In the final part of this series on corporate social responsibility (CSR) at events, Event Insurance provides top tips from its white paper on CSR strategies
While corporate social responsibility (CSR) is not a new concept, many outdoor events struggle to get a CSR strategy off the ground. This is sometimes due to a lack of direction or information, so here are five top tips for implementing CSR within your festival or outdoor event, and how you can make it a success.
- Assign a budget for CSR activities
You will struggle to have a successful CSR campaign without spending any money, so when planning your budgets you should always set something aside specifically for CSR activities.
Try to have an idea of what it is you want to achieve through your CSR activities and this will help you decide how much of a budget you need to assign.
Remember that CSR can be an investment if implemented correctly, and while it is not used to generate profit, it has many benefits that can improve your bottom line.
- Align your CSR strategy with your company values
Most businesses have a clear set of values they live by. These values help to define the personality of the brand and give everyone involved an idea of the way the business likes to operate.
When creating a CSR strategy, it’s important to take these values into consideration and ensure that your approach to CSR aligns well with your values. For example, if one of your core values is to be respectful, your CSR strategy may include a clean-up of the local community after your event in order to show respect to your neighbours.
- Choose a key area to focus on
Depending on the nature of your event, be it a music festival, beer festival, food festival or any other, there may be a specific area of CSR you feel it would be most appropriate to concentrate on.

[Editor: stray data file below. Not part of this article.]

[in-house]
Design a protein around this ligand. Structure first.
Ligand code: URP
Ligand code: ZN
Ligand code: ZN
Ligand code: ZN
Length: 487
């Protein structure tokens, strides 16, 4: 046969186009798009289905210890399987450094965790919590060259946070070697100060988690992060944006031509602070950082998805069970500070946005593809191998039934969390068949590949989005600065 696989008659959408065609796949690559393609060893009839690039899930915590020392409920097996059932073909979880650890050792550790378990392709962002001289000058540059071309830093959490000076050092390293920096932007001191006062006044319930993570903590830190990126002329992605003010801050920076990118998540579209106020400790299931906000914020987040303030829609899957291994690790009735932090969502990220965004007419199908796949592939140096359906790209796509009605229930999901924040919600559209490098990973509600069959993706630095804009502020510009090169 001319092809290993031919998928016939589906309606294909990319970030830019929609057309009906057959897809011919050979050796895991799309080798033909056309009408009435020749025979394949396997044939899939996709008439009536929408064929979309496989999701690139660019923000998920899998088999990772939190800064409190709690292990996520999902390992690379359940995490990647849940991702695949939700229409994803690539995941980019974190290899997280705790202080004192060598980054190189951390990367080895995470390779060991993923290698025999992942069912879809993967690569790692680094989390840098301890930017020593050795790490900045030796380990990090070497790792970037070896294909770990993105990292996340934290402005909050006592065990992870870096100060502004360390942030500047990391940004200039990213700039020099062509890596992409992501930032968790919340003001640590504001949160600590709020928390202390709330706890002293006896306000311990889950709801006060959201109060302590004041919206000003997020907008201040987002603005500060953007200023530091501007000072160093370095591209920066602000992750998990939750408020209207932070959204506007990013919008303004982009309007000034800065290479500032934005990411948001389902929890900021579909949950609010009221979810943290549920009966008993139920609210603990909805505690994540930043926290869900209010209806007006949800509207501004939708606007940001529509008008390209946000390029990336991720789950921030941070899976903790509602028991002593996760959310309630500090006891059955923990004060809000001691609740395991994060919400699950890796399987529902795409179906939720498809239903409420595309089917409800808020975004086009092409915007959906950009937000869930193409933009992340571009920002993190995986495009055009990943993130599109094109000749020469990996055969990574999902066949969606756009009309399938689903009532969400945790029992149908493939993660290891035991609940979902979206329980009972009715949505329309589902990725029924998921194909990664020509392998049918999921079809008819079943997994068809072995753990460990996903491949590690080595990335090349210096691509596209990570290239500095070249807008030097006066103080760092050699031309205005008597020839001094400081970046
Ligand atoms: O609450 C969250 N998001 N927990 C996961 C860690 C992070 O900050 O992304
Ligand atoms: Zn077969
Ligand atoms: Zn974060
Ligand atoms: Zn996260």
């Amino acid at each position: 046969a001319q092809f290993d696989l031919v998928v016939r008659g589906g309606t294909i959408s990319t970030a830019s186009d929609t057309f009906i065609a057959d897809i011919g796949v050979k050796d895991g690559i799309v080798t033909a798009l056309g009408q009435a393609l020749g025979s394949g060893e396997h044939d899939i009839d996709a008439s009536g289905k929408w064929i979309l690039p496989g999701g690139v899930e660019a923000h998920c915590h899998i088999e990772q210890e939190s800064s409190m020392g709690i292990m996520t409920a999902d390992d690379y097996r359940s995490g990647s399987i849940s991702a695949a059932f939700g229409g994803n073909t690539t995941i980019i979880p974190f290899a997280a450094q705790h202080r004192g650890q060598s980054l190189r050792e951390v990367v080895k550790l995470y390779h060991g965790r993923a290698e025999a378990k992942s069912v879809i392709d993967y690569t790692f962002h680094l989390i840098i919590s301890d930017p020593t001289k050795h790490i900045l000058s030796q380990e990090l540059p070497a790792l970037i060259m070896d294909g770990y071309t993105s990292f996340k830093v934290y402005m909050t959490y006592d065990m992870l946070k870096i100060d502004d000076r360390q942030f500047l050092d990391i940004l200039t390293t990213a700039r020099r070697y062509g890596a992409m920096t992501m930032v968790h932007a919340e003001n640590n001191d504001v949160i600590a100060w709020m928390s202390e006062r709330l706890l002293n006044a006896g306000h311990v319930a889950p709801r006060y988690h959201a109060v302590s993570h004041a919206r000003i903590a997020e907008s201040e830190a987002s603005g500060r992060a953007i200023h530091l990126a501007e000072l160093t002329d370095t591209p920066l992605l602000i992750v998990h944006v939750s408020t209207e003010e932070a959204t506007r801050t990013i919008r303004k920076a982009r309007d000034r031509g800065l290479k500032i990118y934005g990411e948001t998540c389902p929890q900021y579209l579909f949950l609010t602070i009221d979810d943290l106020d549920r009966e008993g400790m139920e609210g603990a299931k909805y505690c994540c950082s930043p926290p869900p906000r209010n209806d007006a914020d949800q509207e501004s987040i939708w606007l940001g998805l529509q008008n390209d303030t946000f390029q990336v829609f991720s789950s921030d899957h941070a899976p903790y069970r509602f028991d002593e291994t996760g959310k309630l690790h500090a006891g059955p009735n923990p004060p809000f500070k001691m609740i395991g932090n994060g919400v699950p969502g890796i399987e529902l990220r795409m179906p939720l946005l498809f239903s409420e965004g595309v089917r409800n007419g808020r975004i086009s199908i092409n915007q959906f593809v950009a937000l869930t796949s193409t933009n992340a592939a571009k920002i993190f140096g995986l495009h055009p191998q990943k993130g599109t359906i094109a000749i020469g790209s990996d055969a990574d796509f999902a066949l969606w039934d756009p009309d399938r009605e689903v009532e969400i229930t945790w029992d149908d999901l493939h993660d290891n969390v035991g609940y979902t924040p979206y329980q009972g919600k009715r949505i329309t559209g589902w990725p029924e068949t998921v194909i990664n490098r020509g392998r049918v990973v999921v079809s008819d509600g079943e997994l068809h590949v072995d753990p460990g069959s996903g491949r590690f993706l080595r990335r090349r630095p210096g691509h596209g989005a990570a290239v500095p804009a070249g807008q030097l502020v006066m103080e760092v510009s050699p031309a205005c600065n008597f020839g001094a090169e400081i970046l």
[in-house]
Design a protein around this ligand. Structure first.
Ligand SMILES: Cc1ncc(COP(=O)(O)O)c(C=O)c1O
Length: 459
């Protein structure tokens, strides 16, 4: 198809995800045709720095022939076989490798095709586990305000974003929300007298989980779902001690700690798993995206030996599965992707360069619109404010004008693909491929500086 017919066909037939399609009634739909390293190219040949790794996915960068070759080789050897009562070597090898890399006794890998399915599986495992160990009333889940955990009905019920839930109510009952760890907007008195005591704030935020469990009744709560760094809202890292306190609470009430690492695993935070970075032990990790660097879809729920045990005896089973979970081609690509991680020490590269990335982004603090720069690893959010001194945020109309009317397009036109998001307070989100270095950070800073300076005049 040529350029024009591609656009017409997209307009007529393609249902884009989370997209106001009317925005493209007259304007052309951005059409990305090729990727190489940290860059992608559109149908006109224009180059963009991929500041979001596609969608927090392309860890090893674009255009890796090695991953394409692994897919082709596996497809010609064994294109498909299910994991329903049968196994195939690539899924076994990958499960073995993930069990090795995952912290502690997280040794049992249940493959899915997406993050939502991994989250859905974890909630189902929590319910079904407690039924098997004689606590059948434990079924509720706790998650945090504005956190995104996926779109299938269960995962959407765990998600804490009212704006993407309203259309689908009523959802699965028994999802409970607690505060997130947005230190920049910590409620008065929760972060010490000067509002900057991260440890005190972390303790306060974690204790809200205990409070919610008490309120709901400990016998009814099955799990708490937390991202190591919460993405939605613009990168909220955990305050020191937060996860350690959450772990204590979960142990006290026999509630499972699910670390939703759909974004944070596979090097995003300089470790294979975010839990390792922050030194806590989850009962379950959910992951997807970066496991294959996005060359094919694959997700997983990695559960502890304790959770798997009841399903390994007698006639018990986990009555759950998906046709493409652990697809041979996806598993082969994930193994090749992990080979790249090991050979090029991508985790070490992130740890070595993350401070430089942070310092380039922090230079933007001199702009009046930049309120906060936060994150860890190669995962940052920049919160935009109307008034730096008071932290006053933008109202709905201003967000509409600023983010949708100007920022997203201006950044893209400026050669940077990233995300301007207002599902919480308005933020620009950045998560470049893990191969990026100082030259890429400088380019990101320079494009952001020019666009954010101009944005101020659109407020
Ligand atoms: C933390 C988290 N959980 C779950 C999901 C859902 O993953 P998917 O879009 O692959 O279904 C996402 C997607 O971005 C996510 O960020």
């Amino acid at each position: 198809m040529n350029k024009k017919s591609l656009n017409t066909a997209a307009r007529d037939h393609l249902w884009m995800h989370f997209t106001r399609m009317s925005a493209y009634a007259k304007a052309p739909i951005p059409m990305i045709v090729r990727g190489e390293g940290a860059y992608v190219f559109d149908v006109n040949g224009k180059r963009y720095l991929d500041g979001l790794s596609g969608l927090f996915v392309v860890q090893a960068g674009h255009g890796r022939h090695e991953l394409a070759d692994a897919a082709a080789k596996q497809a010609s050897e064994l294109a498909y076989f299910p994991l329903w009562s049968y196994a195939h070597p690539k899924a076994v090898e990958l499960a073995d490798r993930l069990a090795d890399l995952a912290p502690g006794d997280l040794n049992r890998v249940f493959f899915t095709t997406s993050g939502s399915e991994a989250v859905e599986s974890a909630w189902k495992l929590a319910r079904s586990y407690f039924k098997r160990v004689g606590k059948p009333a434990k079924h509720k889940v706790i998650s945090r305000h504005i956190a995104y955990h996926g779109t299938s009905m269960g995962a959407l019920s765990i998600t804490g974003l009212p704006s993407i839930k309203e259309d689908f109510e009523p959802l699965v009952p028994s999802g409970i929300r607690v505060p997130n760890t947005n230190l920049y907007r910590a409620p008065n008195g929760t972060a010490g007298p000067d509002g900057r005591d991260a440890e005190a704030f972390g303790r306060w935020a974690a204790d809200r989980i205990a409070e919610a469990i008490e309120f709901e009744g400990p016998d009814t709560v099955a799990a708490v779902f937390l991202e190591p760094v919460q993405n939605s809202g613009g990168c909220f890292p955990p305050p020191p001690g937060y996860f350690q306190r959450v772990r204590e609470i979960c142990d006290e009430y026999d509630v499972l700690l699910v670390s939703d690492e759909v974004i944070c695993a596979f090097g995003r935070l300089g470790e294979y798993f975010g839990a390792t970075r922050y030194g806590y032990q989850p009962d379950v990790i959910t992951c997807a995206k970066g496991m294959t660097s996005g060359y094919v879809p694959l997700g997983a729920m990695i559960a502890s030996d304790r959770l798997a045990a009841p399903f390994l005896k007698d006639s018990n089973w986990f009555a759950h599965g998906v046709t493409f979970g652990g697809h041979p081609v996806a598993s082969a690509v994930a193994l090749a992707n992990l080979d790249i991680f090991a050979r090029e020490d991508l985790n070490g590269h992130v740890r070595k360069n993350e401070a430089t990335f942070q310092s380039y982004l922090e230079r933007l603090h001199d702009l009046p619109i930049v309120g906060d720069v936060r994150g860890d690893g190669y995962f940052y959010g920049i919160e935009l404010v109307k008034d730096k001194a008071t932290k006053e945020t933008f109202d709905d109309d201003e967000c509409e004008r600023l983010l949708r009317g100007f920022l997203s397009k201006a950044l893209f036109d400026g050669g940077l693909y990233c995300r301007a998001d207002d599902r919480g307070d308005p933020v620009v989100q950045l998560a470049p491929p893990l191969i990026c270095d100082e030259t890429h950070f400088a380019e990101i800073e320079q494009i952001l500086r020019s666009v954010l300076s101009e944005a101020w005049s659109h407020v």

For example, if your music festival directly impacts the local community through noise pollution and traffic congestion, you may want to consider concentrating your CSR efforts on improving relationships with the local community.
If you run a beer festival which uses a large amount of plastic cups, you may want to focus on an environmentally friendly recycling campaign. Decide what is most important to you and your audience and concentrate on that instead of trying to cover every angle.
- Encourage involvement from all staff
The only way to ensure your CSR strategy is a true success is to educate all staff members, from the top to the bottom, and to encourage their involvement.
Your staff members represent your event’s brand and if they are not on board with your CSR activities, your chances of success are much lower. Training staff on the reasons why you are using CSR and getting them to partake in activities will help to get them on board and will encourage positive growth of your strategy.
Promote your activities
Although CSR is not implemented purely for public approval, it is certainly something to shout about. Let your audience and critics know what you are doing to improve your impact on the planet and use those activities to draw attention to your event.
Festival go-ers are traditionally eco-friendly and community minded, therefore releasing details of your CSR activities will ensure your brand resonates with the audience well. Your event’s website is the ideal place to promote these, as well as on partner sites.
Taking influence from the most successful events will help take yours to the next level.
Appealing to all stakeholders and their needs, wants and values ensures that their interest in your event continues to grow, which in turn encourages growth and development of the event itself. If you aren’t already participating in socially responsible behaviour, it might be time to start considering it.
A great starting point is to do in-depth research, particularly when it comes to your audience. There is no point in blindly attempting to take action in order to impress; you need to know what matters to them and where the most negative impacts of your event are perceived, and rectify them.
You also need to know what your objectives are. Setting key performance indicators (KPIs) will keep your strategy on track. Perhaps you want to recycle 50 per cent of all waste at your festival, or you aim to get a local building rebuilt or renovated in a certain time period.
These objectives will give your strategy direction. Whatever you decide, your event does have a responsibility to rectify any negative impact and maximise the positive impacts it has on the world.
About the Author
Event Insurance Services was established in 1996 to provide affordable, reliable insurance for all scales of events. The team works with companies and individuals across the full spectrum of events, as well as supporting a broker network of over 2,500 brokers and 450 of the country’s top venues and hotels. www.events-insurance.co.uk